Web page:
“Parents are scared to death of the Internet,” said Oosterbaan, who led the violent crimes unit of the U.S. Attorney’s Office in Miami before coming to Washington.

“They know their kids need to use the Internet to be successful in the world. But they are also frightened about them seeing things online that they are not ready to handle.”

So far, the Justice Department appears to be targeting mostly very graphic pornography depicting violence, simulated rapes and bestiality.

The highest-profile case that federal prosecutors have brought is against Extreme Associates, a Los Angeles-based adult video company that bills itself as the “Hardest Hard Core on the Web.”

The indictment charges owners Robert Zicari and Janet Romano with multiple counts of using the mail and the Internet to distribute obscene materials. If convicted, they face up to 50 years in prison and $2.5 million in fines.

Prosecutors targeted the husband-and-wife team after they appeared in a 2002 documentary about the pornography industry. Among the videotapes that jurors in the case will evaluate is “Forced Entry,” which prosecutors say shows simulations of women being spat on, raped and murdered.

The case is being tried not in Los Angeles, but in western Pennsylvania, where some of the videos ended up. Most of the cases the Justice Department has brought so far have been in conservative areas, where the community is more likely to be offended by the material, rather than in liberal-leaning big cities.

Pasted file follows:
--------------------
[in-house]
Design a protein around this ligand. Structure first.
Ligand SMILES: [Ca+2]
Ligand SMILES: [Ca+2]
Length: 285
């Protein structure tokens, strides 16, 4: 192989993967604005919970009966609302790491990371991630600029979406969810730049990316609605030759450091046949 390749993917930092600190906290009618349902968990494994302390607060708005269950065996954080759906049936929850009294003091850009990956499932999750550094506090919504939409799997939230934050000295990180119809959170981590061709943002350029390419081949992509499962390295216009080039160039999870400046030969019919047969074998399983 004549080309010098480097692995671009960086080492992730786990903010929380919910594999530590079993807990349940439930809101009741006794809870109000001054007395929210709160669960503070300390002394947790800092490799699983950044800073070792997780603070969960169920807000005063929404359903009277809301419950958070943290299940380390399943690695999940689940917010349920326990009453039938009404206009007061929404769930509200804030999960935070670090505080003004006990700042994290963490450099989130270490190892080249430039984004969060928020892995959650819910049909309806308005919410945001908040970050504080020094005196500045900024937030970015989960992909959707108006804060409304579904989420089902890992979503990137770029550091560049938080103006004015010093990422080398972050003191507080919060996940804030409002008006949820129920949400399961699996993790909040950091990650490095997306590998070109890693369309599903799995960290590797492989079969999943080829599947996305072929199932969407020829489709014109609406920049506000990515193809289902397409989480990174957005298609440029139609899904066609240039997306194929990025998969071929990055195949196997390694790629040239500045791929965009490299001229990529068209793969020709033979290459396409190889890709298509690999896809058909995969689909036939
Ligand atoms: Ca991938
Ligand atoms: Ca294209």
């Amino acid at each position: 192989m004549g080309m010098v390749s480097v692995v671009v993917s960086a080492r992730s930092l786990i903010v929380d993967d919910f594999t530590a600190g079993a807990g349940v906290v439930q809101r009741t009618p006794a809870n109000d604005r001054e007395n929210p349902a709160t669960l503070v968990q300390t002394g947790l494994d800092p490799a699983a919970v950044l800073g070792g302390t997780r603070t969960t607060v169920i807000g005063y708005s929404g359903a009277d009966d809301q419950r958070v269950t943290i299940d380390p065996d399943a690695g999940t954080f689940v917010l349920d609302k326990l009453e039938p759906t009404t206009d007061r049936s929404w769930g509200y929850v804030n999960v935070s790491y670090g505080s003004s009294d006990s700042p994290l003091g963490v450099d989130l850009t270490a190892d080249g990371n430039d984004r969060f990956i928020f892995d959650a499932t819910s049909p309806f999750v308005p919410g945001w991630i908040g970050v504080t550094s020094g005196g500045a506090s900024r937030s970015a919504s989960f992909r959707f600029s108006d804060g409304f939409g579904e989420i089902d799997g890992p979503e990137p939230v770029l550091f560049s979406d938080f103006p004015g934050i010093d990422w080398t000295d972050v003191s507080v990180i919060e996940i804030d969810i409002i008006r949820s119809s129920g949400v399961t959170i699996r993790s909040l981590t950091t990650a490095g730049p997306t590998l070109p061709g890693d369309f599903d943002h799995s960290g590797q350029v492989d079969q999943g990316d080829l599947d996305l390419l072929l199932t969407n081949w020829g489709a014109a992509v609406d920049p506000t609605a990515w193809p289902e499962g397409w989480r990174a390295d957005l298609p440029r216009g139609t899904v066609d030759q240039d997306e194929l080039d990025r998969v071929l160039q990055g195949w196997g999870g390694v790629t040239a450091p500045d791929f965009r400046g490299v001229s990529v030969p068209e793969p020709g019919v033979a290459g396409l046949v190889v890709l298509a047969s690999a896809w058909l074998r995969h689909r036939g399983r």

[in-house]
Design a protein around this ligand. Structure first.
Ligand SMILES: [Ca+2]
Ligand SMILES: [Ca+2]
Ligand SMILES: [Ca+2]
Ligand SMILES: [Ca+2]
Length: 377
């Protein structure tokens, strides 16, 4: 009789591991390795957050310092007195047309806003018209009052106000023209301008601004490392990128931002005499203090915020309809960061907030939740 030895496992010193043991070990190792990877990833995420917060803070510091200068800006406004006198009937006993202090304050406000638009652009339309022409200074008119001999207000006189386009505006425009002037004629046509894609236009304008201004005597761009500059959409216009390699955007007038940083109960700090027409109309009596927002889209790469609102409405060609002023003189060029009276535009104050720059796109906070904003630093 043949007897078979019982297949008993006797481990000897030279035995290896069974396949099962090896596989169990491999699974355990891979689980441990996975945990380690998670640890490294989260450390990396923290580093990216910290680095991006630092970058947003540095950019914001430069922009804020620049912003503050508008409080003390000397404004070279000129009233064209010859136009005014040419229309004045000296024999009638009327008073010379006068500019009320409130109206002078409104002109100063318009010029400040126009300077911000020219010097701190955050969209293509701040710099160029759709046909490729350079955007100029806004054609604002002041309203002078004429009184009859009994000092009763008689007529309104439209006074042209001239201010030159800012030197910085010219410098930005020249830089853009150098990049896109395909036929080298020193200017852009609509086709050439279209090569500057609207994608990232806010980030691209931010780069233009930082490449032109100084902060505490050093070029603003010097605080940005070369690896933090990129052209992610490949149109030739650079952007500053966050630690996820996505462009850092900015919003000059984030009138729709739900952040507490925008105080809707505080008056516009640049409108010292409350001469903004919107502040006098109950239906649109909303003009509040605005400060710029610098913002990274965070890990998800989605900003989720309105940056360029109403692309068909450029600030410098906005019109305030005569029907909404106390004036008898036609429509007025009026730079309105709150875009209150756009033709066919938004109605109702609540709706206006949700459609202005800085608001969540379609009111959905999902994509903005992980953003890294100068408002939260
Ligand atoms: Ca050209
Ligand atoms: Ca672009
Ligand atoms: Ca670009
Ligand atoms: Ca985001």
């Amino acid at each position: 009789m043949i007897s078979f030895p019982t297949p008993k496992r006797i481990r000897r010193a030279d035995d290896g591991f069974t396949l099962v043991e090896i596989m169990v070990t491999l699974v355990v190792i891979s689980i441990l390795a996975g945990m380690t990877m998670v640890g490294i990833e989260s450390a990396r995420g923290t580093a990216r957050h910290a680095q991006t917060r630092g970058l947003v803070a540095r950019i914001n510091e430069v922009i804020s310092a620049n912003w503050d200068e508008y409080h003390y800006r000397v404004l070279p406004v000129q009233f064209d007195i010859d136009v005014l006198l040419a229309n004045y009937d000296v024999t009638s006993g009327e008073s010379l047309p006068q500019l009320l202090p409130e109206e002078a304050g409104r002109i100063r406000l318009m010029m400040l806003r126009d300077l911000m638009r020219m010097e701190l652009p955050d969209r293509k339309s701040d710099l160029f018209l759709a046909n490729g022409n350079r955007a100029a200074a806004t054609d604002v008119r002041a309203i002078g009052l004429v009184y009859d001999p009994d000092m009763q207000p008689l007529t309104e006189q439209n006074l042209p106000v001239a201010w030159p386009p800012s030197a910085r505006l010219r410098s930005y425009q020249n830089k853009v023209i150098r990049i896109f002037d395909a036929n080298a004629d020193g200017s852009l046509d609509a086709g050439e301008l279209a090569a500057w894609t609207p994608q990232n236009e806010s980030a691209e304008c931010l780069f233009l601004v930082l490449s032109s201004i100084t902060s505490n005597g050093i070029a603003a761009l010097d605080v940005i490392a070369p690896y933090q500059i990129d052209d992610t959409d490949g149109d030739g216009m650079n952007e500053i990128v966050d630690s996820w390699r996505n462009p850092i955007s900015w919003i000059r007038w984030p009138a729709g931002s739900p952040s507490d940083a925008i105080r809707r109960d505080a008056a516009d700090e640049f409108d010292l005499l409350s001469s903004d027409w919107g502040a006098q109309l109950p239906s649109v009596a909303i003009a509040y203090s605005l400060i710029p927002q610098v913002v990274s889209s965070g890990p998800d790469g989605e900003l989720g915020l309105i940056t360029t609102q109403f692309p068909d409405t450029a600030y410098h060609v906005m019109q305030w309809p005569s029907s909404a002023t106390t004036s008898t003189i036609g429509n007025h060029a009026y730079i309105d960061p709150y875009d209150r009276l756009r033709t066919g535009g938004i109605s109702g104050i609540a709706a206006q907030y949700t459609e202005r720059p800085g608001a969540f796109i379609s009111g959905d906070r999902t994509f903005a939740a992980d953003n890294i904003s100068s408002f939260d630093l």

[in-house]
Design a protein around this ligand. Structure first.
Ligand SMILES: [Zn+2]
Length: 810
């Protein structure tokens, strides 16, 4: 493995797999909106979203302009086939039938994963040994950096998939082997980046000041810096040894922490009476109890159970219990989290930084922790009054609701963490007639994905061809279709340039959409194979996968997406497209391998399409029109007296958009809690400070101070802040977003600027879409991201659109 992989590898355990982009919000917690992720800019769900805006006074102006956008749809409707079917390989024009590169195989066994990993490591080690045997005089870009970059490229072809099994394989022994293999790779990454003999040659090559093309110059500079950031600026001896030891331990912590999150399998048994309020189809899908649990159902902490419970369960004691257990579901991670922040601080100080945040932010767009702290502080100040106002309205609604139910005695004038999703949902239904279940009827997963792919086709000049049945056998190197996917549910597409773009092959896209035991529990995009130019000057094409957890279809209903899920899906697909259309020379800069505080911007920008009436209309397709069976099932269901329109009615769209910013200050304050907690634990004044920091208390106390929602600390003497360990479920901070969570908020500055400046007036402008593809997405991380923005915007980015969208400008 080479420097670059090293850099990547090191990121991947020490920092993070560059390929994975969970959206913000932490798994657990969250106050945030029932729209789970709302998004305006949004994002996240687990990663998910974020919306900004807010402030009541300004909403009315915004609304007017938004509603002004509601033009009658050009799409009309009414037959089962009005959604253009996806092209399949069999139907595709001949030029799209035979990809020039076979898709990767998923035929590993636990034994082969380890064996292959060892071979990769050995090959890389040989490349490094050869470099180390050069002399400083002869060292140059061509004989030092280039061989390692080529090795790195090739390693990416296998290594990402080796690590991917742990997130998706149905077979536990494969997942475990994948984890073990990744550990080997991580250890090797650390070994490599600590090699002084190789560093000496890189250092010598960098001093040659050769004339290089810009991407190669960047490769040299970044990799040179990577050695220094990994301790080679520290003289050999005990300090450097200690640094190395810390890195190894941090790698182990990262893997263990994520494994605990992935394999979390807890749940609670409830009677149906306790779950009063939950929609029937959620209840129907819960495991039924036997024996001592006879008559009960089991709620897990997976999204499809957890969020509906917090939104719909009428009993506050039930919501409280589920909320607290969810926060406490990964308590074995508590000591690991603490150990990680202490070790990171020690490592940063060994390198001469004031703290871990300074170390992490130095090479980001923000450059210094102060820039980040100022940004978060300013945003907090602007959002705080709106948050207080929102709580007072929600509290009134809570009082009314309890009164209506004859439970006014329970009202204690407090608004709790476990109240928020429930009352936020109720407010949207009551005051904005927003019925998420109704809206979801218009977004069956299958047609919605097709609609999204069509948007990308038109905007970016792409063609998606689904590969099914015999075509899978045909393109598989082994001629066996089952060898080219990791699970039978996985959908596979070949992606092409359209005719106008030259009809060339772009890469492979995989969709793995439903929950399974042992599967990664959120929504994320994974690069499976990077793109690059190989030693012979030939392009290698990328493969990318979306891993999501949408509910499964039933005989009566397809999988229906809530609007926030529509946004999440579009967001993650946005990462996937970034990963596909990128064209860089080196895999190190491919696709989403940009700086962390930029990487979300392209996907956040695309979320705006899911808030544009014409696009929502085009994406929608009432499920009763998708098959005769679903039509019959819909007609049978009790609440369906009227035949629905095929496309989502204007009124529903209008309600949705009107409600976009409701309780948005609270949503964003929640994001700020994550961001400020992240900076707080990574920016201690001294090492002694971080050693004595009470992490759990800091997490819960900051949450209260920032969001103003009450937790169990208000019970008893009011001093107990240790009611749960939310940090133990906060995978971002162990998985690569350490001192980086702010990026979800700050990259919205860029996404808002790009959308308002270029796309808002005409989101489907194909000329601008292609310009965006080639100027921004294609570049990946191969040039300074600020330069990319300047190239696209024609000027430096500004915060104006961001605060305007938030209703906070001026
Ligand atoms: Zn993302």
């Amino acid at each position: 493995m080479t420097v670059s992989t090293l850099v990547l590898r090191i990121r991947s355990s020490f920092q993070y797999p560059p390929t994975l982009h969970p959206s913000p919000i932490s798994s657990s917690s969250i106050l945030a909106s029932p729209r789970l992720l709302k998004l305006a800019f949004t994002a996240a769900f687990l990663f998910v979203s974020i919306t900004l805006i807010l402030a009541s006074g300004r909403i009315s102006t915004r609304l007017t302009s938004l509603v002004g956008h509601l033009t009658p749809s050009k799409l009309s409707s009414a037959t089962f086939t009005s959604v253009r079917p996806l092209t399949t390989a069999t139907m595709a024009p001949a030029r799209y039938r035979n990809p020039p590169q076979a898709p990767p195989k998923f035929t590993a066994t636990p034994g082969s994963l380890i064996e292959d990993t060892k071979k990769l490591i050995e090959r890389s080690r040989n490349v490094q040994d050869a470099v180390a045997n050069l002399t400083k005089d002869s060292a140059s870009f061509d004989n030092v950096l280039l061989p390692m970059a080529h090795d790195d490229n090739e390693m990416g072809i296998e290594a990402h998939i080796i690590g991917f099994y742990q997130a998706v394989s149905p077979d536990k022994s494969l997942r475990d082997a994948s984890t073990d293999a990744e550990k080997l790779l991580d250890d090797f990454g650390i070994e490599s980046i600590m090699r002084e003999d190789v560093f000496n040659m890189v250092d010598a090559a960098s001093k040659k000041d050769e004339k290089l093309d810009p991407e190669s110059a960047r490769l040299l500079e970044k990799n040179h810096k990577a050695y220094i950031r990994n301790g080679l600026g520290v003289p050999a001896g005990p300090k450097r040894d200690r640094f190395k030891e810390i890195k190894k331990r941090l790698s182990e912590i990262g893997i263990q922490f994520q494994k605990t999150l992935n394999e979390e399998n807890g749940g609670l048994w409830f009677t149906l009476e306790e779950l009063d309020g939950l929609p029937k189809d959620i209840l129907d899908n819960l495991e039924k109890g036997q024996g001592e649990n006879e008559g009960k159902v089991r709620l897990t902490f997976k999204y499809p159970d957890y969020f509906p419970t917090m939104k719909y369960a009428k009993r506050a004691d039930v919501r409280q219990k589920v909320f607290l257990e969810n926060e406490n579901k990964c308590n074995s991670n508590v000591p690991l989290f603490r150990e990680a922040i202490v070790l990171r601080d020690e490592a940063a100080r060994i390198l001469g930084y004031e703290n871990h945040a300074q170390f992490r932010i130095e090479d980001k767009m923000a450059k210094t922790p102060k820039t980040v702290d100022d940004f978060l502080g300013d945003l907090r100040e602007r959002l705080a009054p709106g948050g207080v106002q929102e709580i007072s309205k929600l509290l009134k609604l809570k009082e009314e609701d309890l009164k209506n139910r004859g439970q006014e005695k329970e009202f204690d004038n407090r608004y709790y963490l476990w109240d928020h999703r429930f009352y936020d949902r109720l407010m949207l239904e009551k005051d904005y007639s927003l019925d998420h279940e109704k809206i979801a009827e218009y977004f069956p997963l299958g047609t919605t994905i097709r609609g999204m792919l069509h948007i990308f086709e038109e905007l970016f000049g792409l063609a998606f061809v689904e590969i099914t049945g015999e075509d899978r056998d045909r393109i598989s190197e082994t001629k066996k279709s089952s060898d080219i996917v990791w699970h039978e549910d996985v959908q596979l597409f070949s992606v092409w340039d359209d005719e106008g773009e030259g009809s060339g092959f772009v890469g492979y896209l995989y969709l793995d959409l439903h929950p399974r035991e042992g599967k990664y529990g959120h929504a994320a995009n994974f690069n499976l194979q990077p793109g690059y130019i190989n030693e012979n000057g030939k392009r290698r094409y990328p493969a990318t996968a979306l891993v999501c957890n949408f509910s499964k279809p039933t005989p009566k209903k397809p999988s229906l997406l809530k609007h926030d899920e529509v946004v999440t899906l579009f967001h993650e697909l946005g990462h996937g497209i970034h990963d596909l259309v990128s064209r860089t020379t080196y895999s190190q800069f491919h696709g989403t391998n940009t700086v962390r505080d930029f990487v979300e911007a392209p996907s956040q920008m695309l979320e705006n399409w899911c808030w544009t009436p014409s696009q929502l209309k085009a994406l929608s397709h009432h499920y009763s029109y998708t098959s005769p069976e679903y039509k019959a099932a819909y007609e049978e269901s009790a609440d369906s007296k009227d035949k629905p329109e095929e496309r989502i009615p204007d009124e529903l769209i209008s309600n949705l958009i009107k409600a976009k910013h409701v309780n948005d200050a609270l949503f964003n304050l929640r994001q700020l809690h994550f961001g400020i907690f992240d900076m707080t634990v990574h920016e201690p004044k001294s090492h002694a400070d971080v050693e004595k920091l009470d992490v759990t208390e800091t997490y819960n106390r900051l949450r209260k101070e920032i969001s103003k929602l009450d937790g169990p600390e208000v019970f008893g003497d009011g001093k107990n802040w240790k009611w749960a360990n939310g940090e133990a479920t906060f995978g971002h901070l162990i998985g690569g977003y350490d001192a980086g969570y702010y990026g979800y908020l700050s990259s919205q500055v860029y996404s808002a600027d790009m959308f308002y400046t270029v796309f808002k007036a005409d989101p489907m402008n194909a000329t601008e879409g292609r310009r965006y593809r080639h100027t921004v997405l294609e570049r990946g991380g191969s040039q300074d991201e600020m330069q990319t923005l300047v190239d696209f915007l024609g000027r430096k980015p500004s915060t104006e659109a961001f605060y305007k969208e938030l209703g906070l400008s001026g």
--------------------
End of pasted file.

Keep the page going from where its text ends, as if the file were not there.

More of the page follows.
Jan LaRue, chief legal counsel for Concerned Women for America, a Christian public policy organization, said she was encouraged that the Justice Department was getting serious again about prosecuting the adult porn industry. But she said it had yet to go far enough.

“They need to prosecute some of the more mainstream material – not just the deviant stuff – and they need to go after some bigger targets.” La Rue said.

She said she expected Taylor’s arrival to herald bigger cases on the horizon, which could touch Fortune 500 hotel chains that carry pay-per-view porn in their rooms and cable providers who show hard-core movies.

Taylor was until recently president of the National Law Center for Children and Families in Virginia. He’s worked on some 700 obscenity cases during his 30-year legal career, which included a stint in the Justice Department’s child exploitation and obscenity unit from 1989 to 1993. In 1981, he represented the state of Ohio before the Supreme Court in the case against flamboyant Hustler magazine publisher Larry Flynt.

In a 2002 interview with PBS he laid out a zero-tolerance approach and indicated that if cable or Internet companies are making deals with porn producers or distributors “then they are breaking the law just like the pornographers are.”

Douglas charged that the Bush administration was out of touch with America, where the appetite for pornography is on the rise and won’t abate because of a government crusade against it.

“Never before have we had an attorney general like John Ashcroft, who believes that sexually explicit material is an affront to God,” Douglas said. “They should go after crimes with real victims.”

But Nguyen, who spends his days investigating online pornography, said there was some troubling stuff out there.

“I thought after doing this for a while I couldn’t be surprised anymore, and then I see something and I’m shocked all over again,” he said.